2 ways of signing files

Mark Kirchner mail at mark-kirchner.de
Sat Jan 15 19:20:02 CET 2005


On Saturday, January 15, 2005, 6:26:00 PM, Mark wrote:
> I would like to know if there are 2 ways of signing.
> Please take a look at the following scenarios.
> Scenario 1:
> I add Blake's public key to my key ring. I can do the
> following 2 steps to edit and sign Blake's public key.
> 1. gpg --edit-key blake at cyb.org
> 2. Command>> sign
> This will sign the key. So, now I can encrypt the file
> by doing the following...
> 'gpg --recipient "blake at cyb.org" --output
> $rootpath\\$filepgp --encrypt
> $rootpath\\encrypted\\$datafile`
> When Blake gets the encrypted file, does it mean that
> the file is also signed?

No. You signed Blake's key, but not "$datafile".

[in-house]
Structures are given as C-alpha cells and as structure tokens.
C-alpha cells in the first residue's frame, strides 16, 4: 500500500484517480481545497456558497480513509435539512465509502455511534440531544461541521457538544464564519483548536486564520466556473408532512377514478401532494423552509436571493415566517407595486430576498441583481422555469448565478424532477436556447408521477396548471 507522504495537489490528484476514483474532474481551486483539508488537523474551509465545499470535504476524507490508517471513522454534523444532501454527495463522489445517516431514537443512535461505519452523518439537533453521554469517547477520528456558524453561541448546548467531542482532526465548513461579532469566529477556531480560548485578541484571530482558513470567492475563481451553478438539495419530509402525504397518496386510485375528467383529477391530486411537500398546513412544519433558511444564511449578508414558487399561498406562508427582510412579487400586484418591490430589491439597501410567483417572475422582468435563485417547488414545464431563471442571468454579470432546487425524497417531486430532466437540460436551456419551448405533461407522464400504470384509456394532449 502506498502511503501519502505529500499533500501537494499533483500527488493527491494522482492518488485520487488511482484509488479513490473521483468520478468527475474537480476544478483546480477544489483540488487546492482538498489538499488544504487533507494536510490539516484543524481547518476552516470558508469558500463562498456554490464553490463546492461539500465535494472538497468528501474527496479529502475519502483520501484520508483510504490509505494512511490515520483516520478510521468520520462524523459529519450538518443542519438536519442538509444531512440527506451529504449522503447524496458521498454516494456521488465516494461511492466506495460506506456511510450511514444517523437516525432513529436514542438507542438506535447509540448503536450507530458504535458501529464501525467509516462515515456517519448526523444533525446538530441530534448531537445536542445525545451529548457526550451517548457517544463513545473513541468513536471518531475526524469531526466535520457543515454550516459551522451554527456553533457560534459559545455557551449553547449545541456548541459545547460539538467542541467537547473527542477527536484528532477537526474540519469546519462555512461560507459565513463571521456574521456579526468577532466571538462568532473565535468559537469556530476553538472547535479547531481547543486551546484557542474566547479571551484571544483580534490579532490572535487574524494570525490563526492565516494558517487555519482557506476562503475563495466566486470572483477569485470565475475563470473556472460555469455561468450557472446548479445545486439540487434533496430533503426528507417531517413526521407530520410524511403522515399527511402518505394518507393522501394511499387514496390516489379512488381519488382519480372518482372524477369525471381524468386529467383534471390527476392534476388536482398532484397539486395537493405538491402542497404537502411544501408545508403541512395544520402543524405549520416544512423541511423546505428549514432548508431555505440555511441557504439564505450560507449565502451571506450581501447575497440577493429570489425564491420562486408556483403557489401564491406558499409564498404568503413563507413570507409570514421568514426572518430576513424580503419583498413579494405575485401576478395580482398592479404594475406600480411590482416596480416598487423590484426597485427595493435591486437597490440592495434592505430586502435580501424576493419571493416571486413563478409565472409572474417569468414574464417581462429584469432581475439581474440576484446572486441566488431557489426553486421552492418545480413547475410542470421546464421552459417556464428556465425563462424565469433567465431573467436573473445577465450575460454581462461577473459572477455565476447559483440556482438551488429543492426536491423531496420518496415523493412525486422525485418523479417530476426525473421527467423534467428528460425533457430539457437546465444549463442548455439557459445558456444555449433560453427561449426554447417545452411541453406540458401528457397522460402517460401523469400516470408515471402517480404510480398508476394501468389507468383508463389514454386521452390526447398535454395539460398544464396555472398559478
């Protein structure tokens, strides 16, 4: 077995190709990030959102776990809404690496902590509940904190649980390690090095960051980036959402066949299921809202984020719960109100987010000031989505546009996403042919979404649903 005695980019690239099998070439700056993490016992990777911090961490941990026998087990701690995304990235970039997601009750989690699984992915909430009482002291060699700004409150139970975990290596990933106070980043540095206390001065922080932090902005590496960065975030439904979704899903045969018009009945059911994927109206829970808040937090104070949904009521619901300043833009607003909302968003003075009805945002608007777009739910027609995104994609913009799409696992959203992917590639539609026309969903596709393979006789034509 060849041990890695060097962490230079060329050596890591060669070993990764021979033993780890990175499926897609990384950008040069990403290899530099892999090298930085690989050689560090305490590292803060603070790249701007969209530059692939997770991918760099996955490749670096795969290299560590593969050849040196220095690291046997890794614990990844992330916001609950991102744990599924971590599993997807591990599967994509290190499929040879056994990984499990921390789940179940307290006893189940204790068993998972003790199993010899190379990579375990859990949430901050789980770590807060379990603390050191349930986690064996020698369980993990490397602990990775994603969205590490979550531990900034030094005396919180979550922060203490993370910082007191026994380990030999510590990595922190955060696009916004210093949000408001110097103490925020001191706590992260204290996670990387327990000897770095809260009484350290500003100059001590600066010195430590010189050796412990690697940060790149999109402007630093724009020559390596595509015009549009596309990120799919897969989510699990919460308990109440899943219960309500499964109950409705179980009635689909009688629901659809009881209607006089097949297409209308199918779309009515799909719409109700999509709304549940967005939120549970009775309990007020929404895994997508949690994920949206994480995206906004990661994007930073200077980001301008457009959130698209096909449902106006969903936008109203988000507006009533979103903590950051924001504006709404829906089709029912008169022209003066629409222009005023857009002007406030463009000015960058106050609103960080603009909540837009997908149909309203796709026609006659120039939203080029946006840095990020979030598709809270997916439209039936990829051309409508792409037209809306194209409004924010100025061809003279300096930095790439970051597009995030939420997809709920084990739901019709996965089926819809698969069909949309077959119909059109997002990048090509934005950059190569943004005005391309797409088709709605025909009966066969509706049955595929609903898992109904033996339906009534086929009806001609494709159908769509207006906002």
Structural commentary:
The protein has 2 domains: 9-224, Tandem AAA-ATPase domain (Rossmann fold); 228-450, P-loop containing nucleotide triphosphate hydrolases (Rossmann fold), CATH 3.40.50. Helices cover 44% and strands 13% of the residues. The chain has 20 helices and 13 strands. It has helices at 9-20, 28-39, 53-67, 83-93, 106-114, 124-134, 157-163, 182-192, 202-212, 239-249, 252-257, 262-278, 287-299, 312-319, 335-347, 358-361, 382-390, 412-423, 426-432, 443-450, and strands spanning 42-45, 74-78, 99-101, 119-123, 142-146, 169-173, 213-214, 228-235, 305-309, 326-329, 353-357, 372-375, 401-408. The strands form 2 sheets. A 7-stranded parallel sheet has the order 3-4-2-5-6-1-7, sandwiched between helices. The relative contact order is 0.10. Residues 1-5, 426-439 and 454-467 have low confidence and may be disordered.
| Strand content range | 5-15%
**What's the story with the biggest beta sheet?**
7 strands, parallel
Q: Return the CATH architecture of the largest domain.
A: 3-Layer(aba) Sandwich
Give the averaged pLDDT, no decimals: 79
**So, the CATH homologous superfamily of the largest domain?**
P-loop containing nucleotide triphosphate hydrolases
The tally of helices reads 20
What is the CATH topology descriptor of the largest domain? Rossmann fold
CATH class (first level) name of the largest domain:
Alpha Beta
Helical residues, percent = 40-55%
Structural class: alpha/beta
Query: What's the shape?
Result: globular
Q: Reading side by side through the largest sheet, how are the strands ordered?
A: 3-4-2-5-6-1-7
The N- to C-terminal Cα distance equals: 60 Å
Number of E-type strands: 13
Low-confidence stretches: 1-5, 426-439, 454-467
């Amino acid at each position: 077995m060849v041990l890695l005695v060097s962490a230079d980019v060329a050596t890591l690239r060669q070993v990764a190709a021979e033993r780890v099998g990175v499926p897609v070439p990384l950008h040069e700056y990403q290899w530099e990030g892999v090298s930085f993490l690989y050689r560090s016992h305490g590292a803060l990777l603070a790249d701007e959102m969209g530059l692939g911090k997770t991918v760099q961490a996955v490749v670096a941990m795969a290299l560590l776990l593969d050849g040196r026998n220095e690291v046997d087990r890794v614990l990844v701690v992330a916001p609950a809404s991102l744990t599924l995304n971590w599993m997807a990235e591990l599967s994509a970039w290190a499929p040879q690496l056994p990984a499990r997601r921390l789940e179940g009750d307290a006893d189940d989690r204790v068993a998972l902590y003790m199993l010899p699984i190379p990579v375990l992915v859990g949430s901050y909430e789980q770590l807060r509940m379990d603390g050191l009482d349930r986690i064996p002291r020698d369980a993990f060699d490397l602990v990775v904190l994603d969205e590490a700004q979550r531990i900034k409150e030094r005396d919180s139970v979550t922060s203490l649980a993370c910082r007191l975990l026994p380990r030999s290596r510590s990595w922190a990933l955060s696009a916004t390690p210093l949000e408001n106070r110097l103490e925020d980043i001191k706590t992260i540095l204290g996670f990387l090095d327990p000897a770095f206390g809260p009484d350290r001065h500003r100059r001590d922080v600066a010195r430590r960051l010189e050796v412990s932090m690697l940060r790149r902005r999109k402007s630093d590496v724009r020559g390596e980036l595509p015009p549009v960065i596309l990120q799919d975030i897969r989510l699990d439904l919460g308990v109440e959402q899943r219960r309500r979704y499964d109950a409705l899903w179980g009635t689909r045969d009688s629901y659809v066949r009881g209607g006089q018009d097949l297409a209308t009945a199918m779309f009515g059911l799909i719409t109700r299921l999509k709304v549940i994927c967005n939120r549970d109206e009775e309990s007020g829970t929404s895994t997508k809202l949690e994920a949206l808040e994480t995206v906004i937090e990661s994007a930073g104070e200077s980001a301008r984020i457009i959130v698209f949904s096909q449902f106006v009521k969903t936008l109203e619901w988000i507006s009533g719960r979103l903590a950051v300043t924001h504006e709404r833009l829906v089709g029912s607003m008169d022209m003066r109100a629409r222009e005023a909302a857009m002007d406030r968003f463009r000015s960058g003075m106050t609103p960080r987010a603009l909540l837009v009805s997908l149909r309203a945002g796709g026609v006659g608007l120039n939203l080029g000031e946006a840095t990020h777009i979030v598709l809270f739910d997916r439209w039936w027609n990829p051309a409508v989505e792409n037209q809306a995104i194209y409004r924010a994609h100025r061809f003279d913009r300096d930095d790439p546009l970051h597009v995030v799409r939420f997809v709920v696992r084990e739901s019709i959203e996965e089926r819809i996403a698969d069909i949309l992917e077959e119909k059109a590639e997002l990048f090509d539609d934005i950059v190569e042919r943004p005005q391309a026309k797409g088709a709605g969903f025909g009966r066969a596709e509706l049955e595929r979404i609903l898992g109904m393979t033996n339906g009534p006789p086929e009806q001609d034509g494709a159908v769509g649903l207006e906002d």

> Scenario 2:
> I can encrypt and sign by doing the following.
> 'gpg --recipient "XXX" --output $rootpath\\$filepgp
> --sign --encrypt $rootpath\\encrypted\\$datafile`

This time you signed "$datafile" (but not Blake's key).

> Can someone please tell me if scenario 1 and 2 are
> basically doing the same thing?

Absolutely not.

Signing a key (scenario 1) means: "I certify that this key belongs to
Blake". You should (normally) do this only if you are _absolutely_
sure that the keyholder (in control of the (secret) key that says it
belongs to "Blake") is really "Blake". Usually this involves meeting
with Blake, checking government issued ID, verifing the fingerprint of
the key and making sure that Blake is in control of the E-Mail-Adress
that is associated with the user-id "Blake".

Signing data (scenario 2) is used to make sure that no one (except
yourself) can modify the signed data without your signature becoming


Mark Kirchner

Key (0x19DC86D3): http://www.mark-kirchner.de/keys/key-mk.asc

More information about the Gnupg-users mailing list